Category Archives: Church

Some thoughts from 1 Samuel 3 (Part 1)

1 Samuel 3 is one of the chapters in the book that actually does speak about Samuel. (He isn’t even named in many of the chapters – including the 4 chapters immediately preceding his funeral in chapter 25. Although he does briefly reappear as a ghost in chapter 28…and then there’s 2 Samuel, which isn’t about Samuel at all…) As the last three verses indicate (1:19-21), the story is a prophetic calling narrative, showing how all Israel came to recognize him as God’s authorized spokesman.

Short chapter summary: God calls out to young Samuel late in the night, but Samuel misinterprets the voice as Eli’s, yelling to him from the other room. After making this mistake twice, his mentor Eli finally recognizes that Samuel must be hearing from God and advises him to speak directly to God next time. God then gives Samuel an oracle against his mentor Eli and his sons, which he tells Eli in the morning.

I really like this story. Not only is this a story that captures our imagination, but it’s a story with layers of meaning packed into it, if you look closely enough – if you have “eyes to see.” Here are some things that caught my attention:

v. 1: “The word of the Lord was rare in those days, visions were infrequent.”

  1. In the circles I usually run in, “the word of the Lord” is typically understood as codeword for “the Bible” or, perhaps, “the gospel message.” Here, it seems that the phrase is being used differently, in a way that might fit more comfortably in more “charismatic” Christian settings, where people speak more frequently of God directly speaking to them. “I heard God tell me to share the gospel with her, so I did.” “God told me to go to China for missions.” It is often in these settings that visions and dreams are more accepted as legitimate ways that God continues to communicate to us today. Here, the phrase clearly isn’t being used to talk about the extant written scriptures (what would it mean for them to be “rare”?). The rarity of hearing a specific, momentary word from God is being paralleled with the infrequency of visions, which are another form of spiritual encounter with God, intended for communicating specific messages. Another question that arises here: Why was the word of the Lord infrequent? Did it have to do with the lack of spiritual receptivity, so that this introductory phrase is an indictment on Israel for its spiritual deafness and blindness? Perhaps we also need to ask ourselves whether we are open to hearing from God today – perhaps, even, through more “charismatic” ways of communication?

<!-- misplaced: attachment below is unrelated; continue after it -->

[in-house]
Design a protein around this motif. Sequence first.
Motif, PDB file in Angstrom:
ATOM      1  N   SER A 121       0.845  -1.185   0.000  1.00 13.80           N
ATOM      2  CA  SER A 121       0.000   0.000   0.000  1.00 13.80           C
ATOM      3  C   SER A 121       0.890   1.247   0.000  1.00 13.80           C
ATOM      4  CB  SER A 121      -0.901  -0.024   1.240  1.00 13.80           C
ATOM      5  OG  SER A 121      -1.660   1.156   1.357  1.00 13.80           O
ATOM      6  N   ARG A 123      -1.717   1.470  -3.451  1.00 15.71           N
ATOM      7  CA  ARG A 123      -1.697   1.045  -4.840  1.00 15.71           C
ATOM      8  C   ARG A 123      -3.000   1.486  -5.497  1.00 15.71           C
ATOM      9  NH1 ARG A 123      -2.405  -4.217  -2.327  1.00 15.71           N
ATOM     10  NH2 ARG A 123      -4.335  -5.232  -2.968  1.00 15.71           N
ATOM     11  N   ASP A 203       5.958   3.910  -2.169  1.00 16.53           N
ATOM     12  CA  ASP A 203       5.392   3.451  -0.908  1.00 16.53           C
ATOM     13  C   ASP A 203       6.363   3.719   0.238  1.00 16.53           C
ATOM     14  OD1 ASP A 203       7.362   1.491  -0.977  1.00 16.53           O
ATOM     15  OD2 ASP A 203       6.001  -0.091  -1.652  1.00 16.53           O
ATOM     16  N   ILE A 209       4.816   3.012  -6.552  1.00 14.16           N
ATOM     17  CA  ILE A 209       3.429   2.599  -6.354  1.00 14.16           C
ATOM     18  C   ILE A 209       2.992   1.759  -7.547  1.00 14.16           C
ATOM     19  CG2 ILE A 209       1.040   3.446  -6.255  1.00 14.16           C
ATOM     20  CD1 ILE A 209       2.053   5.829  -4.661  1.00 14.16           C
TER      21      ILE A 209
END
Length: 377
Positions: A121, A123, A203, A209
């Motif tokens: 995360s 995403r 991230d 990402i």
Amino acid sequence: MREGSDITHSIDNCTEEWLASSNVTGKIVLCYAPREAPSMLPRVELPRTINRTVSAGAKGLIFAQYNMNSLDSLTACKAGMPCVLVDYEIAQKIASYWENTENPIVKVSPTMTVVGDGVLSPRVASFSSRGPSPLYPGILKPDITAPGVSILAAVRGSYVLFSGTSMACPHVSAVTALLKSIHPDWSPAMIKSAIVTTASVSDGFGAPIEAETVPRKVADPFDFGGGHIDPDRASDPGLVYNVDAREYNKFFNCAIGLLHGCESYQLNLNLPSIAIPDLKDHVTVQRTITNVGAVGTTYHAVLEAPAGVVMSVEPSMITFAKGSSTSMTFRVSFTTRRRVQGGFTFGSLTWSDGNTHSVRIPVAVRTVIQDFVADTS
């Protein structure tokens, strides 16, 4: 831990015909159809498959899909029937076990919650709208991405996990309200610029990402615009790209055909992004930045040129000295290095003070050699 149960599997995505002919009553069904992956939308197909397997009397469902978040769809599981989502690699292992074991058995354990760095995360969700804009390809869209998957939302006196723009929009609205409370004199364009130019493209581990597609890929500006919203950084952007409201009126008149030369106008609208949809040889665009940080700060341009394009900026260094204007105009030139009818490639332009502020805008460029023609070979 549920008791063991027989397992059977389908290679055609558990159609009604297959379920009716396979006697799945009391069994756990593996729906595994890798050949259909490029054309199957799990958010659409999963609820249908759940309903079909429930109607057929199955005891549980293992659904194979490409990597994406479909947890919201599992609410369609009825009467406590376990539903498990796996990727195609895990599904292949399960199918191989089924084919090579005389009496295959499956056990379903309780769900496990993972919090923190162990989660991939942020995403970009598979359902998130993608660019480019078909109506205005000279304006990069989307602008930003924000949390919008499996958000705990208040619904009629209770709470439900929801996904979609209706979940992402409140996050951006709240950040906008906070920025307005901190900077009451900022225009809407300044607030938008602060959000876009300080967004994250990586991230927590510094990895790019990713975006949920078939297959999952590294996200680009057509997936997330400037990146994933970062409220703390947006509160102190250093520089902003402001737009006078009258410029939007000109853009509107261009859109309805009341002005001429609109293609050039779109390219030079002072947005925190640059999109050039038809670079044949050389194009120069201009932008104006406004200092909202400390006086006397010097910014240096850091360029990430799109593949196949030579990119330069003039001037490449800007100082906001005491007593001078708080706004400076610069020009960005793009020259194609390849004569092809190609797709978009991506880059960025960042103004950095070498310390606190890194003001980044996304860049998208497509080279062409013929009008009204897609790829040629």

2. Does anyone besides me notice the mixed metaphor here? The word – the basic unit of verbal, auditory communication – is spoken of in parallel with visions – a visually-experienced, and therefore perhaps more ambiguous, form of communication. Words are heard with our ears. Visions are seen with our eyes. Words can certainly be misheard or misunderstood, but visions often require a mediating interpreter (remember Daniel?). Both forms of communication, though, require discernment and attentiveness in order for the message to be successfully received. You must have keen eyesight to see the vision; you must have good hearing to listen to the word of the Lord.

Coming up in Part 2: thoughts from verse 2. I’ll leave the verse here for you to mull over – maybe you’ll see some of the connections that I’ll be pointing out in my next post. Reading over chapter 1-2 could help as well.

It happened at that time as Eli was lying down in his place (now his eyesight had begun to grow dim and he could not see well).

A prayer to end this post: God, speak to us! We want to hear from you. Use as your spokespeople. And if you already are speaking to us and revealing things to us, but we just aren’t listening or paying attention, unstop our ears and open our eyes, so that we can listen carefully, see clearly, and obey you. Help us to recognize all the ways you speak to us, and to be attentive to your words, so that we can help others to listen to you as well.

May it be to us according to your word,

Amen.

Amen.

Reflections on “Gospel Worldview”

I want to take this chance to share a few reflections on the idea of “gospel worldview” as we Manna-ites (and many who have benefited from such works as Al Wolter’s Creation Regained) often conceive of it, in terms of a story consisting primarily of four major plot-points: Creation. Fall. Redemption. Glory.

As a pushback against the a-historical existential approaches we may have been used to before college, it is certainly an advance to realize that the gospel is not simply a time-less message calling people to a moment of existential decision (although it certainly includes that), but an on-going story of God’s work in the world in which we may find ourselves playing a part. Over the past year, however, I have come to realize that there are also significant lacunae in such an approach that desperately need to be addressed if the “narrative gospel” we hear in gospel worldview is actually going to move beyond the realm of “theoretical framework” to something that actually gives people a story to live in and for. These thoughts are actually still quite scattered in my mind, but I hope that trying to articulate some of theme here might spark some fruitful discussion on the issue.